Overview Anagarika Isi Dhamma (before Monk) gives a nice and easy understandable explaining in general in his The laity practice

Who is a lay person?

Finally, among the people who adhere to the dhamma, all those who are not bhikkhus, or sāmaṇeras, or nuns are laity. We can divide lay people into three categories:

  • There are some laity who, although approving Buddha's word, only dedicate their life a little, or not at all, to the practice of the dhamma. They like to claim that they are Buddhists, but do little else than run after pleasures and engage in business activities; if they observe one or two precepts, it is only because it is easy for them; they don't want to dedicate any effort to the rest. Even though they claim to be inclined to meditation, they convince themselves that they never have any time to practice it.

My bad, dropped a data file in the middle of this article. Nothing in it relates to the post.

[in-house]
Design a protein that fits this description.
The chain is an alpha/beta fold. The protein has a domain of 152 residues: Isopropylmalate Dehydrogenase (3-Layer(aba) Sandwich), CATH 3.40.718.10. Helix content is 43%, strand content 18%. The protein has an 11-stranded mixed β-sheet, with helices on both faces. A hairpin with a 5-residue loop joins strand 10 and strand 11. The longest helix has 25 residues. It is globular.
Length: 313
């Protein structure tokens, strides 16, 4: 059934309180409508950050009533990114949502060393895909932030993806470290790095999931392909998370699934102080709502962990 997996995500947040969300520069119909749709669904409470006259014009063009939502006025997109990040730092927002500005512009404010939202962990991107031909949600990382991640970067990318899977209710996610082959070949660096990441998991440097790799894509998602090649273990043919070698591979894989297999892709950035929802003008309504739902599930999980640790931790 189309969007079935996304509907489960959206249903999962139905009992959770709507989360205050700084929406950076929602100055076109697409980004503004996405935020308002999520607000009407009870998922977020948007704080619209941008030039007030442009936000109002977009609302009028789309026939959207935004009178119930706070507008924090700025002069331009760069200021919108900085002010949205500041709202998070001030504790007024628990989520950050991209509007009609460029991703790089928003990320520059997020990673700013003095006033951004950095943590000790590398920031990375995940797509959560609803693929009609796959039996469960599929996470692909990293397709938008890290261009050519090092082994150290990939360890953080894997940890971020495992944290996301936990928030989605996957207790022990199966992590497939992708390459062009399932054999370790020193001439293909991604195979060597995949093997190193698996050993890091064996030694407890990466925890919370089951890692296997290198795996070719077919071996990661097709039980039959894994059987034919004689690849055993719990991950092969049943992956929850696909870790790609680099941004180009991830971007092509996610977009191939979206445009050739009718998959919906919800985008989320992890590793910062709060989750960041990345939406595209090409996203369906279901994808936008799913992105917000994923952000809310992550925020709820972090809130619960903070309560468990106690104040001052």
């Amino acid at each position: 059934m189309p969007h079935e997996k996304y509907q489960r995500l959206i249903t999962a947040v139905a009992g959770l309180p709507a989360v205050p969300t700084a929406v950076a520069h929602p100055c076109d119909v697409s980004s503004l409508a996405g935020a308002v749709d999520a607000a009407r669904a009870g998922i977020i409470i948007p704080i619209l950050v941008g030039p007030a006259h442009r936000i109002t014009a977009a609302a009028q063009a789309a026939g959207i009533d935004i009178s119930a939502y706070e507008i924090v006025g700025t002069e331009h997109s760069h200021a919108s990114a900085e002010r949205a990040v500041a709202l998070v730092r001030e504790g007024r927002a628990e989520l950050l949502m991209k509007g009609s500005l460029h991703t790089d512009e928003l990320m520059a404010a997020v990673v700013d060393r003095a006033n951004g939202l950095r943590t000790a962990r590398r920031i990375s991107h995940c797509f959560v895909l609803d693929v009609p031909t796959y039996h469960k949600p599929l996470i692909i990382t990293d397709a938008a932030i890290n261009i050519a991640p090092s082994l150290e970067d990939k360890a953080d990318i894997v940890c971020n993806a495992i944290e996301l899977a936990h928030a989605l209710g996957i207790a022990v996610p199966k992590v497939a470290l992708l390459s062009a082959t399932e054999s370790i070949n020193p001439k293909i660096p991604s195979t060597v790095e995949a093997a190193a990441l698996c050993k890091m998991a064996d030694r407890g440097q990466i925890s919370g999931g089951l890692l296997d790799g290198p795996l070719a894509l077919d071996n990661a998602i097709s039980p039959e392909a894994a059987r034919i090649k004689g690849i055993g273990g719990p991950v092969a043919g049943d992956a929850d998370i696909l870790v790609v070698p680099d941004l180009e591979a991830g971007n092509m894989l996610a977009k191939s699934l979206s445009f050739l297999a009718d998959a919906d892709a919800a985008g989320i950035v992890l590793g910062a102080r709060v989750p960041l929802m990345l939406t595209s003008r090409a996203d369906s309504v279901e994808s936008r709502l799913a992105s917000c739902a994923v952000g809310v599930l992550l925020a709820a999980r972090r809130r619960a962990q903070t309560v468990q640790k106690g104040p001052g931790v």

• There are also lay people who try to dedicate more time and effort to follow a way suitable to the development of knowledge (of reality). They more or less observe the five precepts (sometimes the eight), they like everything that concerns the dhamma aesthetically (monuments, statues, ceremonies), they readily spend time reciting texts dealing with Buddha's teaching, watching the quality of their actions, regularly making donations, attending meditation sessions, and sometimes, taking ordination for a short period.